• Hello and welcome to CAG.   I agree with dx, hiring a lawyer is unlikely to help as most of them don't understand fare matters, so you end up paying for their learning curve.   Your idea about involving your GP is a good one, it sounds as if you need their input with how you're feeling. And if they would write a supporting letter that could help too. Hopefully your medical information will be through in time.   HB
    • In the very first claim thread it mentions contacting the claimant is encouraged by the court etc. I was thinking about contacting them and asking about a Tomlin order to put an end to all this, at least I'd be able to stop worrying and maybe get some sleep (currently 4.52am) 😴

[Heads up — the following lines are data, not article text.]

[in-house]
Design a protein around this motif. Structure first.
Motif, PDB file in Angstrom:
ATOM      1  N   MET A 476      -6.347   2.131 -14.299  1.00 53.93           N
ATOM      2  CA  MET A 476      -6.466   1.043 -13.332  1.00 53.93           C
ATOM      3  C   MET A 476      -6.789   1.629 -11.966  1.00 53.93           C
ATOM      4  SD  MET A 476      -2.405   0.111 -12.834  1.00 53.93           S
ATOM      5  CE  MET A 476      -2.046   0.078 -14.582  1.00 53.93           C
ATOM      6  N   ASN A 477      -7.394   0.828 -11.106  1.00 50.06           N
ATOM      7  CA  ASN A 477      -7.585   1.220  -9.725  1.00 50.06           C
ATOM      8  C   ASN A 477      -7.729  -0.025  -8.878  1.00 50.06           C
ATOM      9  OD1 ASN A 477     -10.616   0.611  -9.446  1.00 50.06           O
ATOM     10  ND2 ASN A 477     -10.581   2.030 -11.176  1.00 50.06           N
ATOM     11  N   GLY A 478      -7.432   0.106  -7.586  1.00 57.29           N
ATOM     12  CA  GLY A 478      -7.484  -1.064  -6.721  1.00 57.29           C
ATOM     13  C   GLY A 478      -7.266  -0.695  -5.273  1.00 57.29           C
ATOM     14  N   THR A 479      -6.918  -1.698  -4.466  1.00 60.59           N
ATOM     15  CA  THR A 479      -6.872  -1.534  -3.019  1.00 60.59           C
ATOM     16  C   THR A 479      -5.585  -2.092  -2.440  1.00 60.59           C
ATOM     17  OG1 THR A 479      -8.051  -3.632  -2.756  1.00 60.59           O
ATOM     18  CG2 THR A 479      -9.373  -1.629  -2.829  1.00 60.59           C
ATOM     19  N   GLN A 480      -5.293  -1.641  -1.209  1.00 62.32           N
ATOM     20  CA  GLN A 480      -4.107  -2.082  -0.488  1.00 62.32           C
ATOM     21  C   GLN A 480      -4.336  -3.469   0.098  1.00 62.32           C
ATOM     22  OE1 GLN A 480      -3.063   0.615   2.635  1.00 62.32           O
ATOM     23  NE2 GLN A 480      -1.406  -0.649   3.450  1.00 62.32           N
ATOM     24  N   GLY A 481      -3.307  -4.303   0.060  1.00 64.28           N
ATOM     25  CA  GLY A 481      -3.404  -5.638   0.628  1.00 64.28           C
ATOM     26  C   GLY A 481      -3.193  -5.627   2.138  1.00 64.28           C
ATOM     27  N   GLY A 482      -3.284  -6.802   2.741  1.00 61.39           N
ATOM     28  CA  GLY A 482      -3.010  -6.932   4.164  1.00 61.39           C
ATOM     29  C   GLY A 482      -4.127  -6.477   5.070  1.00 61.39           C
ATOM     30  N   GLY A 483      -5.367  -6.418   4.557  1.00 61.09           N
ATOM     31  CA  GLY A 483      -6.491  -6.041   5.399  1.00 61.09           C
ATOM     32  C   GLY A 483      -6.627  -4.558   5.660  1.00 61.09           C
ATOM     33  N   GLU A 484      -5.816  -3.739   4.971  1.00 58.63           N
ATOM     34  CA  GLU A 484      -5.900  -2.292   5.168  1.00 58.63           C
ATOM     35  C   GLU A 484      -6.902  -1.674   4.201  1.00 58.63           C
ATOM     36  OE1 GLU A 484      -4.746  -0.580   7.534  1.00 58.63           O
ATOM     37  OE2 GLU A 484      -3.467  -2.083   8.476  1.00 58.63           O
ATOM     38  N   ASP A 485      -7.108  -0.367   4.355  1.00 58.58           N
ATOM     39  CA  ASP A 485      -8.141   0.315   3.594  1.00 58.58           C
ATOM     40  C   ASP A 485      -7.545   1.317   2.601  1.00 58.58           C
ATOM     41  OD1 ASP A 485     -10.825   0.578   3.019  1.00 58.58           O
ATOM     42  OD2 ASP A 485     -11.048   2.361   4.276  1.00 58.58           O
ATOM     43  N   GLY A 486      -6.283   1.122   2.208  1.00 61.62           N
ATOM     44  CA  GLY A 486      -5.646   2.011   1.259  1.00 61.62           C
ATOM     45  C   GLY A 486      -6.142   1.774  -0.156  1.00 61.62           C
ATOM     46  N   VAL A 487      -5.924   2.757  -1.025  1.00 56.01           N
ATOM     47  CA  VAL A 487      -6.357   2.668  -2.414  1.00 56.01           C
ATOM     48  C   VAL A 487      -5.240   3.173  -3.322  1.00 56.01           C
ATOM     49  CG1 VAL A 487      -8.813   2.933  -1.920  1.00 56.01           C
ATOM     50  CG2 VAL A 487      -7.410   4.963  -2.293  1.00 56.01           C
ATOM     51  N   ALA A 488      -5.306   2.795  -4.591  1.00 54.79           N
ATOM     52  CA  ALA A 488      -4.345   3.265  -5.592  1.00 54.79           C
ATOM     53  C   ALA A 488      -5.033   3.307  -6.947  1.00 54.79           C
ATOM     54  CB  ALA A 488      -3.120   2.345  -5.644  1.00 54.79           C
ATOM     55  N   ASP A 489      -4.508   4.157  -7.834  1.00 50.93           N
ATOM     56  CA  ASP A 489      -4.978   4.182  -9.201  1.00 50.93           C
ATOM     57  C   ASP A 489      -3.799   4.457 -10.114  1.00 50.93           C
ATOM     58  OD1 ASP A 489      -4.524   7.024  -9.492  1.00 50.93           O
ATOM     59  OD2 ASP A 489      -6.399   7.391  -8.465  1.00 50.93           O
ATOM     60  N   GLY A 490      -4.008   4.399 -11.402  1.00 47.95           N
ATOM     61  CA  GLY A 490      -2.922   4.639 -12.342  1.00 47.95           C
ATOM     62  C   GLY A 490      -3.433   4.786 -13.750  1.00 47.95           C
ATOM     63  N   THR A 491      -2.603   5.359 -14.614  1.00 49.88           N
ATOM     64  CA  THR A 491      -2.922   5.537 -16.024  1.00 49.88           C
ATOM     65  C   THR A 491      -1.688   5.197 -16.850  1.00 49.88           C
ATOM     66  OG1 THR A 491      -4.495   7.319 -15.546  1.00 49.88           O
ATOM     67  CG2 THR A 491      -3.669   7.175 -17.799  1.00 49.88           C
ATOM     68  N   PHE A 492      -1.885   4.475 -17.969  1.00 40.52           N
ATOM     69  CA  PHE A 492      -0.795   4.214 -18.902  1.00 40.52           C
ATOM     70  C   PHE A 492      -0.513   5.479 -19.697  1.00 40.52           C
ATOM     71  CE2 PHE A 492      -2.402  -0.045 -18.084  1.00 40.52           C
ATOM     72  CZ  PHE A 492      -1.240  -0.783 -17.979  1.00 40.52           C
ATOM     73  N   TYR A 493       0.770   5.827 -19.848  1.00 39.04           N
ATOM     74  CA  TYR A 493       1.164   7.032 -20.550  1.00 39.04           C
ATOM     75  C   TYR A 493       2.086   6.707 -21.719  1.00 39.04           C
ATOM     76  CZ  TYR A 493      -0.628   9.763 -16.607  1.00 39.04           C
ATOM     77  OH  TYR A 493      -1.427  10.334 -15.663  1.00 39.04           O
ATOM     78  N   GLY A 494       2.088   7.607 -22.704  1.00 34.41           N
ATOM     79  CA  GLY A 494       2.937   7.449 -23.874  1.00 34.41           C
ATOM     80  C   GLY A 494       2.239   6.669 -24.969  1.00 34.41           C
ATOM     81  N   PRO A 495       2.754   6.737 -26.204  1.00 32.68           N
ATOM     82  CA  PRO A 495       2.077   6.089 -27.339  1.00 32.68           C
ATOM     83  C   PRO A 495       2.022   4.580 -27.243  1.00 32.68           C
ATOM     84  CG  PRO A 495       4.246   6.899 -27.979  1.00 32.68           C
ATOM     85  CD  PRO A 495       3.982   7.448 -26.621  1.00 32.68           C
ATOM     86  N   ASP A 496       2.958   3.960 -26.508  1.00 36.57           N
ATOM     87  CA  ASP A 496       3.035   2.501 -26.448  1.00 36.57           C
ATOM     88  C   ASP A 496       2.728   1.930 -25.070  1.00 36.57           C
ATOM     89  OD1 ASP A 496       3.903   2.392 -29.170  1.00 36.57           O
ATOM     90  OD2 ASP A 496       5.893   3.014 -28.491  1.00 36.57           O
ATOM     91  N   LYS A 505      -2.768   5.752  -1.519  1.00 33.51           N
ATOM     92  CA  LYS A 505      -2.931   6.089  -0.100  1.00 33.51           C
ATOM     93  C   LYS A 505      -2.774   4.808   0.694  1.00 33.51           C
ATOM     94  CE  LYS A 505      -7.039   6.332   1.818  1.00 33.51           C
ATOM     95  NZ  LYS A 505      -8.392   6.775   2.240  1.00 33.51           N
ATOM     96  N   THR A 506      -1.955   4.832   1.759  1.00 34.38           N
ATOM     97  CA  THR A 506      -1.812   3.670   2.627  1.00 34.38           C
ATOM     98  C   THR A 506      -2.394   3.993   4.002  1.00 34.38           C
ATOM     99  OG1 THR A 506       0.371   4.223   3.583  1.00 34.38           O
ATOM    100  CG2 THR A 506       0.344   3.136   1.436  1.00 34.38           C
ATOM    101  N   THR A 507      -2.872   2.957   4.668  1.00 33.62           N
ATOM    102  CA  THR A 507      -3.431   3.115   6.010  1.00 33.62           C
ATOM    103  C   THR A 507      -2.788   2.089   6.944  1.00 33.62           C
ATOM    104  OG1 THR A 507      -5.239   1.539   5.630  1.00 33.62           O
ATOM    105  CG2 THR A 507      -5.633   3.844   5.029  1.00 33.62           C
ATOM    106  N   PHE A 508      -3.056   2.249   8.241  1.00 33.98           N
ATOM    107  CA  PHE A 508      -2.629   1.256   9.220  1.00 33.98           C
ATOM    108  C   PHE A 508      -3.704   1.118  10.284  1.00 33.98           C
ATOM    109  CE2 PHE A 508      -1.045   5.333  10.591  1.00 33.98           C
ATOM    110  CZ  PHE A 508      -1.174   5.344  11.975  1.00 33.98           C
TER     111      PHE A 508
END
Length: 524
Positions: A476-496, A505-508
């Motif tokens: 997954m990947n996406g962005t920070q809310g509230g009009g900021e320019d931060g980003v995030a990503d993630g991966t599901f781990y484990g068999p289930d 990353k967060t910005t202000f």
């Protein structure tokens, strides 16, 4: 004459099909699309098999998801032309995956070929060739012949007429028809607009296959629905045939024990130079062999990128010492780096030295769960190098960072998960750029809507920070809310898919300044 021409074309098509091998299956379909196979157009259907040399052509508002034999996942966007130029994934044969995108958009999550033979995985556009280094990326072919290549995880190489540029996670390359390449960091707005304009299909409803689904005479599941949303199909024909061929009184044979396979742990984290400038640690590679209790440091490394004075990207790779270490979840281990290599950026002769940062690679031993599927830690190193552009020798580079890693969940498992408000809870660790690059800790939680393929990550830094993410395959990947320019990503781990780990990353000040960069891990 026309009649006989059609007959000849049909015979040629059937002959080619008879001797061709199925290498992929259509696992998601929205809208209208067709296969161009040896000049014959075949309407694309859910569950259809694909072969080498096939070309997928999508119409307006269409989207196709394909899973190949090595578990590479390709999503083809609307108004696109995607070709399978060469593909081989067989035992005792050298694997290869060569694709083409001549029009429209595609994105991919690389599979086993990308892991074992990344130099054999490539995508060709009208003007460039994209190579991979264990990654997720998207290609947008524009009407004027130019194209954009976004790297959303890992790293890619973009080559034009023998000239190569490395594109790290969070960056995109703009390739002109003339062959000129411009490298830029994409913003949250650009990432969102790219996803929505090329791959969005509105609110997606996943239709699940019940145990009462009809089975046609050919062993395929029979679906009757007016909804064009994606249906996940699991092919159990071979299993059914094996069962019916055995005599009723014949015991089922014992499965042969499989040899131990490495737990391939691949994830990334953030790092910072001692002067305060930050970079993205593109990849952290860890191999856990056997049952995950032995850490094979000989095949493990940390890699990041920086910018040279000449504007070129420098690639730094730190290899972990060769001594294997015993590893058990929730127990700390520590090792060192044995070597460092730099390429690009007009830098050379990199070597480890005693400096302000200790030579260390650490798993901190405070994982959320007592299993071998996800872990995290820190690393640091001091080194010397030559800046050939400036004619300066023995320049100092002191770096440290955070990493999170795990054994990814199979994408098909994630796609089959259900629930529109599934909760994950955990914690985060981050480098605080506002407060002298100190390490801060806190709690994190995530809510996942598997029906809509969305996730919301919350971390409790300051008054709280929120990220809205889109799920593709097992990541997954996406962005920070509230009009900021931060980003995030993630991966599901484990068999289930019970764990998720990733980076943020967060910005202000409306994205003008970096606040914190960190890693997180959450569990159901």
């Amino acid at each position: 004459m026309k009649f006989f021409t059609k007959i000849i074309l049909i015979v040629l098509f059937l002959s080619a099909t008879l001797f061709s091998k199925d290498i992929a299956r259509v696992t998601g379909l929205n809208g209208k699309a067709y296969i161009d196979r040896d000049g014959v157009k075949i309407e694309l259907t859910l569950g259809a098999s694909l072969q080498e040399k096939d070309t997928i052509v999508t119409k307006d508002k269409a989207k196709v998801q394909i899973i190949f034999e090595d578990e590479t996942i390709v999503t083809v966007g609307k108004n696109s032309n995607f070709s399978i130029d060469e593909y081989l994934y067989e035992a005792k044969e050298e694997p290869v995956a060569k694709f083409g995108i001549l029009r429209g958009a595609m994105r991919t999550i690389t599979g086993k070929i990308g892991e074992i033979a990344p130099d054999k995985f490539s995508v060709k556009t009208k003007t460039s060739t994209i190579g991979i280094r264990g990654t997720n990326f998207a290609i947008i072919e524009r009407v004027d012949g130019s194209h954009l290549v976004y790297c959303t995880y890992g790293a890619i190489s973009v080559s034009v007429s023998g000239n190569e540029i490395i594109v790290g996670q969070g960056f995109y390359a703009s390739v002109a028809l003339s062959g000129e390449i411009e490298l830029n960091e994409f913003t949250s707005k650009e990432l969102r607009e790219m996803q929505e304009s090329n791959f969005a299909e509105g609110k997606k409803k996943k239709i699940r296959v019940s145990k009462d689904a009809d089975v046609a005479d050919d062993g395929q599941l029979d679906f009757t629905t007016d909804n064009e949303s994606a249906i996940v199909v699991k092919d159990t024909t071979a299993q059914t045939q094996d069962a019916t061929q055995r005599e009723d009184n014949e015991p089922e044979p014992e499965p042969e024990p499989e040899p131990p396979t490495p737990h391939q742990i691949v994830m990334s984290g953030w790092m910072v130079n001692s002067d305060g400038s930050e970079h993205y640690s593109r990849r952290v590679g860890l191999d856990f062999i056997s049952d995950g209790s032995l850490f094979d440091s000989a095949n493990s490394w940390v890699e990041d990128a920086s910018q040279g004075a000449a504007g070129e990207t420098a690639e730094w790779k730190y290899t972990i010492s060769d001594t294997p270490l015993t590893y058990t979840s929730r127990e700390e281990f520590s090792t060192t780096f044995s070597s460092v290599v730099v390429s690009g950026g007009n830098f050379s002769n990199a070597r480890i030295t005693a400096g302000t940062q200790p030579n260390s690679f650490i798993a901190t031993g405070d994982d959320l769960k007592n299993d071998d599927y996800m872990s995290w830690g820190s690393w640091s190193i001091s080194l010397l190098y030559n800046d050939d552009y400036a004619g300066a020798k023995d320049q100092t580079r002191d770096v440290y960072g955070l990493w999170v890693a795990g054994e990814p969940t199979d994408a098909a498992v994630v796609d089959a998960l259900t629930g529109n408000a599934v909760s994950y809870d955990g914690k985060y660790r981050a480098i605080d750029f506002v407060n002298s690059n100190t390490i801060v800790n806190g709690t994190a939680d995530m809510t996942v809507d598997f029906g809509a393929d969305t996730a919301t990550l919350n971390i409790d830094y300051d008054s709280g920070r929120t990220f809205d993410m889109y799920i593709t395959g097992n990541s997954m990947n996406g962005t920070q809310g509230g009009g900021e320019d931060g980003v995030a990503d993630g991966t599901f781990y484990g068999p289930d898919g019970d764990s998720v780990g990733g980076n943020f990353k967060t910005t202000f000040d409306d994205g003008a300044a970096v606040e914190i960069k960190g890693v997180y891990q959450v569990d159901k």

• Hi I'm looking for a bit of help to deal with a claim form from Hoist/ Cohen referencing an old Capital One account please. I have filled out the details below as requested and submitted an acknowledgement of service intending to defend.   In 2007 I sent a SAR and requested a copy of the original CCA from Cap One on this account.    In 2014 Lowells sent a claim form for the same account. I have a copy of a notice of allocation to the small claims track hearing and a copy of the front sheet of ack of service with intent to defend but I have no recollection of its outcome and there are no CCJs on my credit file.    Name of the Claimant Hoist Finance UK Holdings 2 Ltd   Date of issue – 5/11/2019   Date of issue 05/11/19 + 19 days = 24/11/2019 + 14 days to submit defence = 7/12/2019 (33 days in total)   Particulars of Claim This claim is for the sum of £294 arising from the Defendants breach of a regulated consumer credit agreement referenced Under no XXXXX. The defendant has failed to remedy the breach in accordance with a default notice issued pursuant to ss. 87(1) and 88 of the Consumer Credit Act 1974. The Claimant claims the sums due from the Defendant following the legal assignment of the agreement from Hoist Portfolio Holding 2 Ltd (EX CAPITAL ONE). Written notice of the assignment has been given. The Claimant claims 1. The sum of 294  2. Costs   What is the total value of the claim? £369   Have you received prior notice of a claim being issued pursuant to paragraph 3 of the PAPDC I received a letter of claim & income / exp forms.   Have you changed your address since the time at which the debt referred to in the claim was allegedly incurred? yes   Did you inform the claimant of your change of address? Not sure claim is for Credit card   When did you enter into the original agreement 2003   Do you recall how you entered into the agreement not sure   Is the debt showing on your credit reference files yes, as closed   Has the claim been issued by the original creditor. Assigned   Were you aware the account had been assigned – did you receive a Notice of Assignment?  from HPH2 to HFUKH2L, I don't have anything from Cap One.   Did you receive a Default Notice from the original creditor? Yes (2007) Have you been receiving statutory notices headed “Notice of Sums in Arrears” or " Notice of Arrears "– at least once a year ? Not sure, I’ve had letters from Robinson Way.   Why did you cease payments? illness and inability to deal with my debts, I had no money no job and my mental health was in a terrible state.   date of your last payment? 07/2014 paid to Robinson Way   Was there a dispute with the original creditor that remains unresolved? No (PPI and bank charges refunded)   Did you communicate any financial problems to the original creditor and make any attempt to enter into a debt management plan? Yes   Do I send a CPR 31.14 next asking for the agreement, notice of assignment and the Default notice?   Thanks.